Tuesday, June 13, 2006

Entrance to the Liminal

"I suppose the simple truth of the matter is that I have always been enthralled by doorways, windows, gates, thresholds, hearths, chimneys, hidden forest trails, gaps in the hedgerow, garden hollows and portals of any kind. It isn't unusual to find me standing lost in thought in front of a newly discovered gateway or curled up in my Morris chair at home with a mug of tea and a faraway look in my eye, thinking about such places and where they go. I'm entranced by their situation, their architecture, the materials of which they are formed, and even their color, as much as I am by what lies beyond them.

Liminal spaces can be compelling, and they can exert a powerful tug on the sensibilities. Every hero's journey or heroine's journey begins with a call to adventure, with one breathtaking, serendipitous, watershed moment in which she or he recognizes a liminal space, responds to its eldritch music and steps across the threshold into another realm. No hero or a heroine here (at least in this lifetime), but the presence of a gateway, any old gateway, calls to me in a voice as lyrical and compelling as that of the mythic sirens, a mere glimpse or a casual mention of one, and off I go.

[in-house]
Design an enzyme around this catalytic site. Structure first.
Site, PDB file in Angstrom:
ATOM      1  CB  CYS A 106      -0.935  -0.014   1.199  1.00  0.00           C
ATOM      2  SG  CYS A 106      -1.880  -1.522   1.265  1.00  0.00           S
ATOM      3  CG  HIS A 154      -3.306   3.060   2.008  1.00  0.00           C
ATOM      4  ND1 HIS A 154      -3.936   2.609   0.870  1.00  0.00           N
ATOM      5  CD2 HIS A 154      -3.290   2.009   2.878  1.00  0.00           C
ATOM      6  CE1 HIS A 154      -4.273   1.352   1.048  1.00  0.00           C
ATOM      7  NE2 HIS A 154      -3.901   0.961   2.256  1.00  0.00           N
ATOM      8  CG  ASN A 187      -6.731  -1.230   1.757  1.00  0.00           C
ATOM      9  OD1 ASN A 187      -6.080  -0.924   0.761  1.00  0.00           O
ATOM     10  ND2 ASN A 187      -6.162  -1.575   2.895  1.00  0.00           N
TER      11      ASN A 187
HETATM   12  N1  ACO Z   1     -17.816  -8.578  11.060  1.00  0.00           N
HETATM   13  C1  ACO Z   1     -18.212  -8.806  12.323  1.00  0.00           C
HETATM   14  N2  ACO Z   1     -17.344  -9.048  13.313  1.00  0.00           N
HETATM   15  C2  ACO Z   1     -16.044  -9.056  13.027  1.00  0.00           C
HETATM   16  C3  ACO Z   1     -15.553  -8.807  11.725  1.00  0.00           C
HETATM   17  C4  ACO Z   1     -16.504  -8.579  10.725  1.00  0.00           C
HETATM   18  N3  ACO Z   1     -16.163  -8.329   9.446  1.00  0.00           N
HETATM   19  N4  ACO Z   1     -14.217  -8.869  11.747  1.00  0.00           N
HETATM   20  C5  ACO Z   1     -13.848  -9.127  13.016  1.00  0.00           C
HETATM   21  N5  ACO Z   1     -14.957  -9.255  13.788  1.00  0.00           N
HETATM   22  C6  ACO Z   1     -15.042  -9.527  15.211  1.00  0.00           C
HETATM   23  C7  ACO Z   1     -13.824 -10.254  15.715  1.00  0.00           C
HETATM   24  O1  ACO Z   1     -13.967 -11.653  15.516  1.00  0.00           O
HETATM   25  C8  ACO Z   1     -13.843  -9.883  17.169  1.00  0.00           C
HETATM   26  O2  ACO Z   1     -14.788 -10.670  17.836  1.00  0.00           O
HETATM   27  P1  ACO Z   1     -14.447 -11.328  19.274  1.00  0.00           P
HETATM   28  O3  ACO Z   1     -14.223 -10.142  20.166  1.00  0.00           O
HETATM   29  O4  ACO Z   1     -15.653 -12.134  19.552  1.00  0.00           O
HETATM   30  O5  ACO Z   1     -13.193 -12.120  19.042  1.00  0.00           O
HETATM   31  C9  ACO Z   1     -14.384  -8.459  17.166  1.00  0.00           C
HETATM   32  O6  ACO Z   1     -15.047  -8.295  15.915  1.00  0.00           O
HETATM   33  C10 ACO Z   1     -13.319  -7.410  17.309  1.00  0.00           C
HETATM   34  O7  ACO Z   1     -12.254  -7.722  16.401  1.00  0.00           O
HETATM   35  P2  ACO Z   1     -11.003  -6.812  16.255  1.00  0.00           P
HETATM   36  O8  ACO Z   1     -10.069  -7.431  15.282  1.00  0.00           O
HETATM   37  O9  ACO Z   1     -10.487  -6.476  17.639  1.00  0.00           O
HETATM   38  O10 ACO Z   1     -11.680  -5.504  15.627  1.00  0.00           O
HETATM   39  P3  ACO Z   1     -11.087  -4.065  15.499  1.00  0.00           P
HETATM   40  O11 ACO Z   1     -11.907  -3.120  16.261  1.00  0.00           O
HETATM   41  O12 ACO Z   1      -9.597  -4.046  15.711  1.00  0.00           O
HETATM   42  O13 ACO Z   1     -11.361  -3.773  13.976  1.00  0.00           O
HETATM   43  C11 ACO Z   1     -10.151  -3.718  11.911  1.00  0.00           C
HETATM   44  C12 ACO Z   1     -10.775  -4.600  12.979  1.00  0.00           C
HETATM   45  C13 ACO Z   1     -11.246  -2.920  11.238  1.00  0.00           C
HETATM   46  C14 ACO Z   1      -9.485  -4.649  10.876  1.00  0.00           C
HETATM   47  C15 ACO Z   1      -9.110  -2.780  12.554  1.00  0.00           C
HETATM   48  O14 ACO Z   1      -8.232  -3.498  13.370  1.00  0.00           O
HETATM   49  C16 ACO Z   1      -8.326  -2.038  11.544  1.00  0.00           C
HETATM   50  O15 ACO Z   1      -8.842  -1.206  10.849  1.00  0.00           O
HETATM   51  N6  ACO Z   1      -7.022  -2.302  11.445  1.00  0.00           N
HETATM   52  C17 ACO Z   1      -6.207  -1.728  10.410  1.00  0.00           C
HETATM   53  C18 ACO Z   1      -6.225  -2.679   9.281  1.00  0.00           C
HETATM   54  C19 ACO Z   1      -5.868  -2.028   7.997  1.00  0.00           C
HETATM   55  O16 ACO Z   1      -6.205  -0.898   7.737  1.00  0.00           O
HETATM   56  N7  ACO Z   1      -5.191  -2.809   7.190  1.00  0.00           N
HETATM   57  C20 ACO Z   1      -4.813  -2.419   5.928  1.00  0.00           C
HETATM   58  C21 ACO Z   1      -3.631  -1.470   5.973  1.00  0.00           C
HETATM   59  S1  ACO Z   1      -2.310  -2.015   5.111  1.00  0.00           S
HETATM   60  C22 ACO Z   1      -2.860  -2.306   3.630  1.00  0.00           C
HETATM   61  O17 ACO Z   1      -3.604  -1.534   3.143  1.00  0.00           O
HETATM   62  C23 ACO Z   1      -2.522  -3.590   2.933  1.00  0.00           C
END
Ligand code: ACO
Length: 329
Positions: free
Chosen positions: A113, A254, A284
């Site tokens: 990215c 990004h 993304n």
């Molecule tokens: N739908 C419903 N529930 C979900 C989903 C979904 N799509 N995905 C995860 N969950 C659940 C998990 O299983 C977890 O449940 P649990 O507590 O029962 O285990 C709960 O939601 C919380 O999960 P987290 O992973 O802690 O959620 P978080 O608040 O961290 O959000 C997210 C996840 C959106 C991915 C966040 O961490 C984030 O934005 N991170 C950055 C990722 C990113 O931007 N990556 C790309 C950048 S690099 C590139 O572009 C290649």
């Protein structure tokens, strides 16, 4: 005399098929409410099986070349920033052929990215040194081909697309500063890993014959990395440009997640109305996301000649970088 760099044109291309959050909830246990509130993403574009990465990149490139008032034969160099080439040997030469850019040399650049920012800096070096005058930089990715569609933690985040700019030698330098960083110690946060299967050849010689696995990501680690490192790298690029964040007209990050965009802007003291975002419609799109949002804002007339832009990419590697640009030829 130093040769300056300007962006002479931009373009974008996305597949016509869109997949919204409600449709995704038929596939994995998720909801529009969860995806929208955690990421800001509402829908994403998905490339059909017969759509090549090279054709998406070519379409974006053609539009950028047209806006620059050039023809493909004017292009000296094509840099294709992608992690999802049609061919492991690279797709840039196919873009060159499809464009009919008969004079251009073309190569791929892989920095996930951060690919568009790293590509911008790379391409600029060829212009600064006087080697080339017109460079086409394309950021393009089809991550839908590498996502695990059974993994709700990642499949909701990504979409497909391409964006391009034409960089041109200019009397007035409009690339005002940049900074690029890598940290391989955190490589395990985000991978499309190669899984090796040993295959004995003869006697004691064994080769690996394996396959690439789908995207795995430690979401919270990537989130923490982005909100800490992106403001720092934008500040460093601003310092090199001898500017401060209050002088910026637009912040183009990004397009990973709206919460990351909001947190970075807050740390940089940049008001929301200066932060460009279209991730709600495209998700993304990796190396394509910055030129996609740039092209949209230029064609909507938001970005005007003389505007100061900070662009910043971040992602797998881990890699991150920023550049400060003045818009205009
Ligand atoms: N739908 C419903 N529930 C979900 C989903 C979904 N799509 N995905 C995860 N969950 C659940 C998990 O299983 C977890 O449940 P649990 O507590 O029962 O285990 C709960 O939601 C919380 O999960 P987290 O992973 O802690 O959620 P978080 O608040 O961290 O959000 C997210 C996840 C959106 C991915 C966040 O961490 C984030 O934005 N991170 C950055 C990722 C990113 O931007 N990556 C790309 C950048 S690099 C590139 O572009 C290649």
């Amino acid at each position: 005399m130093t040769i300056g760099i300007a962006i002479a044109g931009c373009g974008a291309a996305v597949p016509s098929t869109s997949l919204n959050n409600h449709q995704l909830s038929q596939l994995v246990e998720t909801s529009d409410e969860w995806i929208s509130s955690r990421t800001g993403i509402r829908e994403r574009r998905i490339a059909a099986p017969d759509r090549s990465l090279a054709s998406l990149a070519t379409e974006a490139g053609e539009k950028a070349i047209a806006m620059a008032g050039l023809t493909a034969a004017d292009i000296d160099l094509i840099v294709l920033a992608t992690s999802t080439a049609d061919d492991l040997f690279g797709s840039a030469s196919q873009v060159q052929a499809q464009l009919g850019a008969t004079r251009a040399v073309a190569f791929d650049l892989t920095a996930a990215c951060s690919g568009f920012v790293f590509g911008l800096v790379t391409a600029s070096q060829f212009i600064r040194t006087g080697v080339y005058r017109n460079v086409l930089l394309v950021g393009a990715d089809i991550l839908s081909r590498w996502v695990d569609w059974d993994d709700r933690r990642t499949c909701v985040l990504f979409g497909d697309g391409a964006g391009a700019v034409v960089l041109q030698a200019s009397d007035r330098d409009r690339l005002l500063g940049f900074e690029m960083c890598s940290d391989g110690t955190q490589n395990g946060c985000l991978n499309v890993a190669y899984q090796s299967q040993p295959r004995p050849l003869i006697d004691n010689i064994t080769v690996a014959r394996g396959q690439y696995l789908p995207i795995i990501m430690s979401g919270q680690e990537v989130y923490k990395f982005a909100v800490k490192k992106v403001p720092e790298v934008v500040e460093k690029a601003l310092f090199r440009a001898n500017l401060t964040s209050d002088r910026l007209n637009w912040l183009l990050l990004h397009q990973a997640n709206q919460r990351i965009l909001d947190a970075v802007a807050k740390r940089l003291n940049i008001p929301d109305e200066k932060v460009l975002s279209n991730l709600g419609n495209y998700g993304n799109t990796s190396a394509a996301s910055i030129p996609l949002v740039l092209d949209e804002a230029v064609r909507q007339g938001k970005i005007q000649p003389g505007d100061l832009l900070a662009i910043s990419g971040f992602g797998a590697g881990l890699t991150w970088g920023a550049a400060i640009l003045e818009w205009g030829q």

Mircea Eliade once wrote of doors and thresholds as being both symbols and passages, as places where the passage from the profane to the sacred world becomes possible. The philosopher Martin Heidegger described thresholds as joinings or spaces between two worlds, potent common or middle grounds which hold, join and separate two worlds, all at the same time. In other words, thresholds are sacred places which form a boundary between what is "here" and what is "there", but they are in themselves neither here or there.

Within the seemingly empty space of a doorway or a threshold, one sometimes senses ancient, wild and chaotic forces in motion, and thresholds have the power to open a cranny or passage between this world and the other side, allowing those tumultuous forces to blow through. Cultures from ancient times to our own knew it, and they took special measures to secure such places, carving arcane protective sigils on their door lintels, inserting sprigs of rowan and Brigid's crosses into the doors themselves, burying pins and needles beneath their hearth stones, sweeping and blessing their thresholds, and nailing horseshoes above their doorways."

- Kerrdelune, Beyond the Fields We Know III

When I begin a Taijiquan form, moving from standing still (Wuji) to raise hands and then lower hands (Yang and Yin), this is a threshold or doorway for me. Through this beginning movement I enter into a new level of being and open myself up to new experiences. I leave the realm of the ordinary and step into the realm of the spirit.

1 comment:

  1. Benno Lyon12:36 AM PDT

    wonderful! And, as is said in the tao te ching, the vessel of the cup or the frame of the door is what creates the space, but it is the empty space that makes it useful!